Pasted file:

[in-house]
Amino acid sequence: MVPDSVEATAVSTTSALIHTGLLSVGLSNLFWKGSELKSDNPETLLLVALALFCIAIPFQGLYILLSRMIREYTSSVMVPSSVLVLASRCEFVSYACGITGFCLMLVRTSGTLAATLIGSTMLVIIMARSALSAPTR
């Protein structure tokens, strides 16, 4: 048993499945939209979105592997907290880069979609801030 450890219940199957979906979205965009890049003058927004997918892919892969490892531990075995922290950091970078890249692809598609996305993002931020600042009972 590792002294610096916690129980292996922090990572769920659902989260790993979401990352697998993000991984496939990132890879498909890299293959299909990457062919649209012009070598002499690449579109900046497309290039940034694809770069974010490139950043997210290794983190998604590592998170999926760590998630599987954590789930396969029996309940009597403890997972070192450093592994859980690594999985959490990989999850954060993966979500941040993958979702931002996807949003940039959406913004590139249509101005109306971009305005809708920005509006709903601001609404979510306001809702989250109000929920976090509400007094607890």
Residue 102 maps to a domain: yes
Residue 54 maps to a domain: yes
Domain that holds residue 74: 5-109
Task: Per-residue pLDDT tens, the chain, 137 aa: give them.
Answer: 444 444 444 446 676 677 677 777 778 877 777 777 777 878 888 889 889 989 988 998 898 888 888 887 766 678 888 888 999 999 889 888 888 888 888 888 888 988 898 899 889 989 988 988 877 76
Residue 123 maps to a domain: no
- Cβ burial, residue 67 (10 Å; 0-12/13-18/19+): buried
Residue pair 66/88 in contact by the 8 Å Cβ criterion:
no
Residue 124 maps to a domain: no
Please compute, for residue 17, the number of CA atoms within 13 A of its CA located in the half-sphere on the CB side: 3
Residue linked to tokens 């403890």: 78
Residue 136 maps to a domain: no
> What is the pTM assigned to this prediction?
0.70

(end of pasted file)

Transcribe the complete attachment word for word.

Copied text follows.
[in-house]
Amino acid sequence: MVPDSVEATAVSTTSALIHTGLLSVGLSNLFWKGSELKSDNPETLLLVALALFCIAIPFQGLYILLSRMIREYTSSVMVPSSVLVLASRCEFVSYACGITGFCLMLVRTSGTLAATLIGSTMLVIIMARSALSAPTR
């Protein structure tokens, strides 16, 4: 048993499945939209979105592997907290880069979609801030 450890219940199957979906979205965009890049003058927004997918892919892969490892531990075995922290950091970078890249692809598609996305993002931020600042009972 590792002294610096916690129980292996922090990572769920659902989260790993979401990352697998993000991984496939990132890879498909890299293959299909990457062919649209012009070598002499690449579109900046497309290039940034694809770069974010490139950043997210290794983190998604590592998170999926760590998630599987954590789930396969029996309940009597403890997972070192450093592994859980690594999985959490990989999850954060993966979500941040993958979702931002996807949003940039959406913004590139249509101005109306971009305005809708920005509006709903601001609404979510306001809702989250109000929920976090509400007094607890």
Residue 102 maps to a domain: yes
Residue 54 maps to a domain: yes
Domain that holds residue 74: 5-109
Task: Per-residue pLDDT tens, the chain, 137 aa: give them.
Answer: 444 444 444 446 676 677 677 777 778 877 777 777 777 878 888 889 889 989 988 998 898 888 888 887 766 678 888 888 999 999 889 888 888 888 888 888 888 988 898 899 889 989 988 988 877 76
Residue 123 maps to a domain: no
- Cβ burial, residue 67 (10 Å; 0-12/13-18/19+): buried
Residue pair 66/88 in contact by the 8 Å Cβ criterion:
no
Residue 124 maps to a domain: no
Please compute, for residue 17, the number of CA atoms within 13 A of its CA located in the half-sphere on the CB side: 3
Residue linked to tokens 């403890």: 78
Residue 136 maps to a domain: no
> What is the pTM assigned to this prediction?
0.70